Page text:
- Bosnia must fully implement the Law on Missing Persons, which provides for the Central Records on Missing Persons (CEN), as well as for a Fund benefiting the families of the missing;
- Bosnia should explore new approaches to locating gravesites,…
In the first two months of 2015 almost 8,000 people arrived in Italy following the dangerous sea crossing from North Africa. This figure was dramatically higher than the one recorded in the same period in 2014, and the number of people who did not complete the crossing was dramatically higher too. In the first two months of 2014, 15 would-be illegal immigrants lost their lives in the Mediterranean. Close to 600 are believed to have perished in January and February this year.
There is no mystery as to why more and more people are following what is now the world’s most dangerous migration route – and why so many are dying in the attempt.
Fighting in Syria, Iraq, Libya and parts of sub-Saharan Africa, including Congo and Chad, has caused millions to seek asylum, first in neighboring countries and then in Europe – and in the case of Libya,…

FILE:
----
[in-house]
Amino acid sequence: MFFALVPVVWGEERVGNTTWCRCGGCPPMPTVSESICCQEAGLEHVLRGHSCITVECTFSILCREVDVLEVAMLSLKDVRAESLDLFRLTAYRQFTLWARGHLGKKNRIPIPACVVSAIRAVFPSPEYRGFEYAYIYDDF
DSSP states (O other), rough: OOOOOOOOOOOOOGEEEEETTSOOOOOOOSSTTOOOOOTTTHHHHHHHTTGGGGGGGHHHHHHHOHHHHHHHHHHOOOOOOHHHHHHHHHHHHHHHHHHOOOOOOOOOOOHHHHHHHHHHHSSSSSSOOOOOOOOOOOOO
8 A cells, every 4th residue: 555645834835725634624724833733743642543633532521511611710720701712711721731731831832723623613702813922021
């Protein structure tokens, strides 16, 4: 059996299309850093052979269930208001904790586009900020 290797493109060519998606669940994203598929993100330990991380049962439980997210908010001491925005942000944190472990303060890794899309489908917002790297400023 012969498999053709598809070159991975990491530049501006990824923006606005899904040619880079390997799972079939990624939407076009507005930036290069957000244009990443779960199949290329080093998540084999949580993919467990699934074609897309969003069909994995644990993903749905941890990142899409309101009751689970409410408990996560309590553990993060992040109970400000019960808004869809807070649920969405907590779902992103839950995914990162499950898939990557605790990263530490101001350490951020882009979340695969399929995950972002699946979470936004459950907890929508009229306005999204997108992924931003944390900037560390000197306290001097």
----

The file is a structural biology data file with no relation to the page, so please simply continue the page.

Passover for missing persons held in Tel Aviv
The Jerusalem Post reported on 1 April that a full Passover seder service was conducted on Wednesday morning in the middle of Rabin Square in Tel Aviv, to highlight the plight of missing persons and their families. Signs bearing the images of missing persons were arranged around the Passover seder table that was set up by the Forum of Families of Missing People in order to draw public attention to the issue. The organization is seeking to anchor in law the status of families, by obtaining official recognition of their situation, as well as financial assistance, recognition of the costs of searching for their loved ones, and assistance for their psychological well-being. http://bit.ly/1bPNkGh
Forced disappearance of students in Egypt
Ikhwan, the official website of Egypt’s Muslim Brotherhood, reported on 31 March that the number of students subjected to enforced disappearances is increasing, according…